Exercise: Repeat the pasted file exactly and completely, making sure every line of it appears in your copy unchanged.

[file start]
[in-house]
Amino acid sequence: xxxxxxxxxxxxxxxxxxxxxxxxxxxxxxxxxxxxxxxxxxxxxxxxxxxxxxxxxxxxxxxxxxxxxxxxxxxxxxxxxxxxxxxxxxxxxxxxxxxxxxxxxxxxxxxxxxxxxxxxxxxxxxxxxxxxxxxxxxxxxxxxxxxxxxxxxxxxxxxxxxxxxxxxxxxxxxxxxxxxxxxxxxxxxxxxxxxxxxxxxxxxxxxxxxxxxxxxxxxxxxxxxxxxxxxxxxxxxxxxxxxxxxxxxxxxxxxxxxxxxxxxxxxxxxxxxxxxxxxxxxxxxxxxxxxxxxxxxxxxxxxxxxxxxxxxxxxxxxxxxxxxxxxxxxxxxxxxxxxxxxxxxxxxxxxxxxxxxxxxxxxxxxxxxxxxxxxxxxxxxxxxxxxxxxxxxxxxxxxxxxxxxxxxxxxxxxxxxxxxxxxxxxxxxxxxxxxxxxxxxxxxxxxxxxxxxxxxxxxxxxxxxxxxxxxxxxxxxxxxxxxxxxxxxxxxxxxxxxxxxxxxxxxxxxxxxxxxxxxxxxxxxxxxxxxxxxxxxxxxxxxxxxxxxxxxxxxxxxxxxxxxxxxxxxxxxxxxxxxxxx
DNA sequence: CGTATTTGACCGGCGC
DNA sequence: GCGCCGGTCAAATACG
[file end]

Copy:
[in-house]
Amino acid sequence: xxxxxxxxxxxxxxxxxxxxxxxxxxxxxxxxxxxxxxxxxxxxxxxxxxxxxxxxxxxxxxxxxxxxxxxxxxxxxxxxxxxxxxxxxxxxxxxxxxxxxxxxxxxxxxxxxxxxxxxxxxxxxxxxxxxxxxxxxxxxxxxxxxxxxxxxxxxxxxxxxxxxxxxxxxxxxxxxxxxxxxxxxxxxxxxxxxxxxxxxxxxxxxxxxxxxxxxxxxxxxxxxxxxxxxxxxxxxxxxxxxxxxxxxxxxxxxxxxxxxxxxxxxxxxxxxxxxxxxxxxxxxxxxxxxxxxxxxxxxxxxxxxxxxxxxxxxxxxxxxxxxxxxxxxxxxxxxxxxxxxxxxxxxxxxxxxxxxxxxxxxxxxxxxxxxxxxxxxxxxxxxxxxxxxxxxxxxxxxxxxxxxxxxxxxxxxxxxxxxxxxxxxxxxxxxxxxxxxxxxxxxxxxxxxxxxxxxxxxxxxxxxxxxxxxxxxxxxxxxxxxxxxxxxxxxxxxxxxxxxxxxxxxxxxxxxxxxxxxxxxxxxxxxxxxxxxxxxxxxxxxxxxxxxxxxxxxxxxxxxxxxxxxxxxxxxxxxxxxxxxx
DNA sequence: CGTATTTGACCGGCGC
DNA sequence: GCGCCGGTCAAATACG